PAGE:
The world faces one of the biggest crises in civilization’s history. Apart from being dangerous to human health and even deadly, the coronavirus caused other unforeseen consequences. One of the effects of COVID-19 is linked to humankind’s energy demand, which reached the most significant shock since WWII.
According to a report released by the International Energy Agency (IEA), the COVID-19 pandemic shifted energy use from coal to renewables at a much faster rate, at least in Europe. The Old Continent saw an unusually high reduction in coal use.
IEA predicts a reduction of CO2 emissions of 8% at the end of the year, which will be by far the most significant in recent years. To put things into perspective, carbon emissions rose by 1% annually in the last decade. Zero growth was only observed the previous year.
In terms of energy demand, the world will use 6% less this year. This might not sound like much until you learn that this is the same as the total use of energy in India. Also, the 6% reduction is seven times higher than the drop during the 2008 global financial crisis.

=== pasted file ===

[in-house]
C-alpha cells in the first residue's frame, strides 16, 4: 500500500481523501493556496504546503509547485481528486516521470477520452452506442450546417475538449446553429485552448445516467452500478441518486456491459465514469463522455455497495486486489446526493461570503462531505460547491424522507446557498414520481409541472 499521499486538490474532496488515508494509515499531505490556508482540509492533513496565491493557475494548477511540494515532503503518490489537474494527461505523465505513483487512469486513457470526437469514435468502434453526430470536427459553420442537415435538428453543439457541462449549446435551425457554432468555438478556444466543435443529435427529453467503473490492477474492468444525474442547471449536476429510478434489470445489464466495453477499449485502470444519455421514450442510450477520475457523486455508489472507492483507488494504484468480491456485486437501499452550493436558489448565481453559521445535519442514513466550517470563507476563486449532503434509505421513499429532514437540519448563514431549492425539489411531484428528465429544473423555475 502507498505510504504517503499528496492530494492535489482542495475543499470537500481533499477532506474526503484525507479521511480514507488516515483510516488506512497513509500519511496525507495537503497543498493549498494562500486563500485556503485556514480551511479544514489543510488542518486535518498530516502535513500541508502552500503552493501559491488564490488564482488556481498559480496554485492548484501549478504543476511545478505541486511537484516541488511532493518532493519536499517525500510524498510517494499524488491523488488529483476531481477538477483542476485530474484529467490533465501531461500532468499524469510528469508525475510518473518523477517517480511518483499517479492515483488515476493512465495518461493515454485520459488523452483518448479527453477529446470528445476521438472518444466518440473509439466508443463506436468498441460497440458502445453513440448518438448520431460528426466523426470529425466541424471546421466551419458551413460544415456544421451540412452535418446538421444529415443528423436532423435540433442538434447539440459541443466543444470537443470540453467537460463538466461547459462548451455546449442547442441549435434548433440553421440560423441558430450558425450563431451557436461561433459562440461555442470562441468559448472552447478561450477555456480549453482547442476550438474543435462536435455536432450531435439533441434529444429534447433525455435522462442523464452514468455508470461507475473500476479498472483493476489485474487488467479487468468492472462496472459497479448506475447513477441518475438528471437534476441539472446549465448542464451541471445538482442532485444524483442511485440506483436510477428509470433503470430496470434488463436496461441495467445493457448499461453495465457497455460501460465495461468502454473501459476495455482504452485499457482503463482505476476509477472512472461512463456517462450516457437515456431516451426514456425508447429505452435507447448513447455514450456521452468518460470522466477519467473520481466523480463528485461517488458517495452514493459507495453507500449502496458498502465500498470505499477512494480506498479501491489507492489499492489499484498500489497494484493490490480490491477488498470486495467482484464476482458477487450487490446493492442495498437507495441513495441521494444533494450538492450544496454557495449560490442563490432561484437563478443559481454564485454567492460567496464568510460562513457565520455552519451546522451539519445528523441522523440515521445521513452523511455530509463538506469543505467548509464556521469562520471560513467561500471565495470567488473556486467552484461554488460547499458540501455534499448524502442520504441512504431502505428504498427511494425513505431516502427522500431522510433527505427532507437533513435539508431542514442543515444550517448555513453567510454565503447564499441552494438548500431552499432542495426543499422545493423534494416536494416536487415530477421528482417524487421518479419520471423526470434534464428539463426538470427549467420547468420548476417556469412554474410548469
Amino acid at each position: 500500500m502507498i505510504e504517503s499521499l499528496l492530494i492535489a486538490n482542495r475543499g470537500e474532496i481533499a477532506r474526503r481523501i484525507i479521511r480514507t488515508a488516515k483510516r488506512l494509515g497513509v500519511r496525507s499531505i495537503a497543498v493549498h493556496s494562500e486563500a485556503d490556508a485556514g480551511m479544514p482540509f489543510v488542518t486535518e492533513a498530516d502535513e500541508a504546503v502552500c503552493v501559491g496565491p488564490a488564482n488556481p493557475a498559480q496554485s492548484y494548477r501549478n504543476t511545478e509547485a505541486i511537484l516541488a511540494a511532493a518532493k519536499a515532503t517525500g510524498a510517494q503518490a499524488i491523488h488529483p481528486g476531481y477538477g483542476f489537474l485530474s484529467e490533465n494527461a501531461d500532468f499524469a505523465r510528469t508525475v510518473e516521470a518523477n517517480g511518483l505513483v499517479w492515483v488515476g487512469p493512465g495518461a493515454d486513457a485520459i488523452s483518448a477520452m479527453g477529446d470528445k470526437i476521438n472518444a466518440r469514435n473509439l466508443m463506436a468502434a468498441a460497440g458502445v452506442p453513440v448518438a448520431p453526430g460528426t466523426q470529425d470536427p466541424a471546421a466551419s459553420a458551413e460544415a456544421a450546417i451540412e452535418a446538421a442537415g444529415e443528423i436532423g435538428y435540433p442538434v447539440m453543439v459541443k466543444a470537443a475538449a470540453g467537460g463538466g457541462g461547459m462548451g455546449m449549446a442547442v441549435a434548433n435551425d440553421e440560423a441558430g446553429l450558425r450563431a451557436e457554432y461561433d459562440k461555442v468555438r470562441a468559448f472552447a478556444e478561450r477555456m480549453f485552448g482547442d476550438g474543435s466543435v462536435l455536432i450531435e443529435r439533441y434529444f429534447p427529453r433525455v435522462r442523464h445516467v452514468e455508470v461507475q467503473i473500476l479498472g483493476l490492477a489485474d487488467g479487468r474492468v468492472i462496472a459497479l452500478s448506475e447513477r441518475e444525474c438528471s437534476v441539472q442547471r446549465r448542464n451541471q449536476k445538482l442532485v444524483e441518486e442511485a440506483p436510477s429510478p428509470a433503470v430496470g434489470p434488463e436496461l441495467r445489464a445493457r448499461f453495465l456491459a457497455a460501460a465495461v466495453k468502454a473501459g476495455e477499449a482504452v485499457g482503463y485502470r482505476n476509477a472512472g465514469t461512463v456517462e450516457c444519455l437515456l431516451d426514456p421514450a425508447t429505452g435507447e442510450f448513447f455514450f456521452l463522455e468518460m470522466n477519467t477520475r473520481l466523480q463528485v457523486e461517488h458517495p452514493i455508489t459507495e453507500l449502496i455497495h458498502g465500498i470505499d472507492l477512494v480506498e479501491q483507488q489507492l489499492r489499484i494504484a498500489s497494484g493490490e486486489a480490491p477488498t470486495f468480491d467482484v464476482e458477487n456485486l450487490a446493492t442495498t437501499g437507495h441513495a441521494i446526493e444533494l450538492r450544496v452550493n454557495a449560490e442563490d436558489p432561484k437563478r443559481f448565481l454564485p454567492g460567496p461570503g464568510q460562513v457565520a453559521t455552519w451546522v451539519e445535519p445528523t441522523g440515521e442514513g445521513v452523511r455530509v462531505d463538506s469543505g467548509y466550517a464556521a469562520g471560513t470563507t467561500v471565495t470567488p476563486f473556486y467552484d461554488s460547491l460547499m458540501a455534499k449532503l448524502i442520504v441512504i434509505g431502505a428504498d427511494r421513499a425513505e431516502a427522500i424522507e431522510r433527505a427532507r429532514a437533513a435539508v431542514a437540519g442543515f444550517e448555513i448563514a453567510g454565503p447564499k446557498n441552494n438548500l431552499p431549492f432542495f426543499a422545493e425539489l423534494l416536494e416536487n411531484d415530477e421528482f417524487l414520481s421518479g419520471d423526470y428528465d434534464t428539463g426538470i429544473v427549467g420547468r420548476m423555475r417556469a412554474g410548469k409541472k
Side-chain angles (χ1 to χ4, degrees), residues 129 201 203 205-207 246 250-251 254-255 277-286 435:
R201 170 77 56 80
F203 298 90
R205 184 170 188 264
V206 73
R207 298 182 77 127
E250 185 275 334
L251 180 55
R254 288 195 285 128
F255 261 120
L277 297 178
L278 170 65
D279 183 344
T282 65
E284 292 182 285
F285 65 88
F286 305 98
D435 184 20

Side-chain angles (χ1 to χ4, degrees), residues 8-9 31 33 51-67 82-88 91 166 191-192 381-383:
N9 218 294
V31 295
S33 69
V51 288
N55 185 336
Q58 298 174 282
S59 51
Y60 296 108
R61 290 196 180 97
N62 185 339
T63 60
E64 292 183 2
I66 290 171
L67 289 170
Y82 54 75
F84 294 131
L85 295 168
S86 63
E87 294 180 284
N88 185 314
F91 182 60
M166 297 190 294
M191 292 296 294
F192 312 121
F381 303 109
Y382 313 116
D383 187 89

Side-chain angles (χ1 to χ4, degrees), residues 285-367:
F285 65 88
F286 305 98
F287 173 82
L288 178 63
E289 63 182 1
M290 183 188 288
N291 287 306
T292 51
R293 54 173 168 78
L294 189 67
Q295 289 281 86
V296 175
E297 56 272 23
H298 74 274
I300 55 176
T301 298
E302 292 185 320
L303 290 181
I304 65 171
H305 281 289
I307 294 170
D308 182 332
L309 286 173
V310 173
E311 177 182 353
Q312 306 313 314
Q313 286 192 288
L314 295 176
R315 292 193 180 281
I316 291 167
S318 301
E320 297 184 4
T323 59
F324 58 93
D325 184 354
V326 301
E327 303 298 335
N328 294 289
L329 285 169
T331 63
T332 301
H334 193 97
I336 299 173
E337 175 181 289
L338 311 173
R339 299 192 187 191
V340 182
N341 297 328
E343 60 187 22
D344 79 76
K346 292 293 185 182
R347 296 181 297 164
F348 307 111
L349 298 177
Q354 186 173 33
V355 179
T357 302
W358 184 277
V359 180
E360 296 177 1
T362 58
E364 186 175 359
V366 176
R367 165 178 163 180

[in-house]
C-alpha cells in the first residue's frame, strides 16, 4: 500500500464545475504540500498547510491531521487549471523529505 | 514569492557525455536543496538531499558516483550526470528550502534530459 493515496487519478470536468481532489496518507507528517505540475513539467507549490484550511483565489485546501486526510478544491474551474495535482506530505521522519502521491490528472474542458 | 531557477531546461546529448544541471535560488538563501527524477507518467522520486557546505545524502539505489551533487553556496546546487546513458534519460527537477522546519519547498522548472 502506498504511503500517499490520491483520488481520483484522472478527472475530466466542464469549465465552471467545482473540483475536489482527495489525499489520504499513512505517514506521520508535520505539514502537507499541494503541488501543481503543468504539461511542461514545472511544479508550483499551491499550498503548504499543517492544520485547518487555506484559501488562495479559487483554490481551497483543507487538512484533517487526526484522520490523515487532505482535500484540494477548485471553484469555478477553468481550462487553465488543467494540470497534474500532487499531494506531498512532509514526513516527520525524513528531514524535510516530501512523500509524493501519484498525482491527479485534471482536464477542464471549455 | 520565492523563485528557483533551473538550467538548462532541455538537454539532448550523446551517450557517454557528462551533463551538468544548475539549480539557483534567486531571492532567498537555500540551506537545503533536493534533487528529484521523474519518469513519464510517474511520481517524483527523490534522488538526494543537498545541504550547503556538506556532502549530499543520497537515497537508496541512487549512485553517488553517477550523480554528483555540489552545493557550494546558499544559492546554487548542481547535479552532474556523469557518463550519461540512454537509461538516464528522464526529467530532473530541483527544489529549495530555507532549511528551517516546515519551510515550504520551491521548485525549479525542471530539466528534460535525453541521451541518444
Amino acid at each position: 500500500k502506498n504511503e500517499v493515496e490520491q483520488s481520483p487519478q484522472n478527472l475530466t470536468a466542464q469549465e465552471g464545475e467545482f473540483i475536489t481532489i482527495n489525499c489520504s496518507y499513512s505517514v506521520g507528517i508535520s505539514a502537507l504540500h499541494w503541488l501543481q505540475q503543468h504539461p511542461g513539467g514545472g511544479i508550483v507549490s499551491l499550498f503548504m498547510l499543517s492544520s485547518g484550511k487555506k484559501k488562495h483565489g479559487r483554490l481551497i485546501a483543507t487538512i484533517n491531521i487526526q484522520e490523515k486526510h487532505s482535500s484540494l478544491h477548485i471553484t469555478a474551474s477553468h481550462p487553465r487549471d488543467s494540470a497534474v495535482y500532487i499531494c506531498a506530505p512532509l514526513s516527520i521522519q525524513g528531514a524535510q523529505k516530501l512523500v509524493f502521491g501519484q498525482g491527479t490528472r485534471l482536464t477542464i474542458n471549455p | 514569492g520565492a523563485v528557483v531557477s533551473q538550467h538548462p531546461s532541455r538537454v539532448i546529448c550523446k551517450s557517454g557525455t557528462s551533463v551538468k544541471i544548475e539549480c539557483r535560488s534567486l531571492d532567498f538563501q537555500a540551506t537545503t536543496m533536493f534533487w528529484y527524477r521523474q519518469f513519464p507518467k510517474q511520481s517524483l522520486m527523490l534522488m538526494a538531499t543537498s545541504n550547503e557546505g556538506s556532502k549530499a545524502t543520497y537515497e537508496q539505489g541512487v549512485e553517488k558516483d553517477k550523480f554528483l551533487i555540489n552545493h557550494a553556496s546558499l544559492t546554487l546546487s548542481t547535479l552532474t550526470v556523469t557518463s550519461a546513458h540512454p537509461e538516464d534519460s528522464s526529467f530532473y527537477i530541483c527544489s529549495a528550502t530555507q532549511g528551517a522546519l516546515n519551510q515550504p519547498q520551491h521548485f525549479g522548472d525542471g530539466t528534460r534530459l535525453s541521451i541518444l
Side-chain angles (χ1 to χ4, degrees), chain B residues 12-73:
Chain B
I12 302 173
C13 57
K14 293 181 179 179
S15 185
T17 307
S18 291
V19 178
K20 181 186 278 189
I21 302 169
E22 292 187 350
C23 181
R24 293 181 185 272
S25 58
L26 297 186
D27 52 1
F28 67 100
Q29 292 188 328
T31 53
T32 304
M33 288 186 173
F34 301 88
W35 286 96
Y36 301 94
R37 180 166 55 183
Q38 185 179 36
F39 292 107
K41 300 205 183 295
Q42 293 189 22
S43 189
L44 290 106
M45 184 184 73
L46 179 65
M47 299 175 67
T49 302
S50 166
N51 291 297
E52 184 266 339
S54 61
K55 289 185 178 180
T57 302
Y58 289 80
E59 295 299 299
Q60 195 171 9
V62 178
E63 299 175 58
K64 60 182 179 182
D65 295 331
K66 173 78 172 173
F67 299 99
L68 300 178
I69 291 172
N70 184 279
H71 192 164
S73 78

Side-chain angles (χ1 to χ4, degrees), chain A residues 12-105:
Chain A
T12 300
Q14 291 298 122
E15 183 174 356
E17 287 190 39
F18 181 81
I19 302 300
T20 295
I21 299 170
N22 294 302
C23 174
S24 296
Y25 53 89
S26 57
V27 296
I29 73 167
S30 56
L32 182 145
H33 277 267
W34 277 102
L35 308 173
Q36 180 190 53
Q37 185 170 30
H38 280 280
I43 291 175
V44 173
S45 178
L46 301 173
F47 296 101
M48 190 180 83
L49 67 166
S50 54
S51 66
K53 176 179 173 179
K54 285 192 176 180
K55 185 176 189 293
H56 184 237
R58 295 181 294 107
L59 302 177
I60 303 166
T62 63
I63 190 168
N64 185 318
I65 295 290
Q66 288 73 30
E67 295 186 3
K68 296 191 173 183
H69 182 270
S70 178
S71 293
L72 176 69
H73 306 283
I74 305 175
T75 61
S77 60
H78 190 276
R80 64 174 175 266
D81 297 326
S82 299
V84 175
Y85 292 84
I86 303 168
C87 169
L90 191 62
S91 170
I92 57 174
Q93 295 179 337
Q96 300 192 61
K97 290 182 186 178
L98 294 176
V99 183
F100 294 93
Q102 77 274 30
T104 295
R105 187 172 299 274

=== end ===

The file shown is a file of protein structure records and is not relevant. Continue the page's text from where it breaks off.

Noteworthy, developed countries see a larger decline in energy use, probably due to the closure of manufacturing facilities. By the end of 2020, the energy consumption of the USA is expected to fall 9% or 115 for the European Union.
“This is a historic shock to the entire energy world. Amid today’s unparalleled health and economic crises, the plunge in demand for nearly all major fuels is staggering, especially for coal, oil, and gas. Only renewables are holding up during the previously unheard-of slump in electricity use,” said Dr. Fatih Birol, the IEA Executive Director.
According to Dr. Fatih, it’s too early to predict the long-term impacts of the pandemic on the energy sector, “but the energy industry that emerges from this crisis will be significantly different from the one that came before.”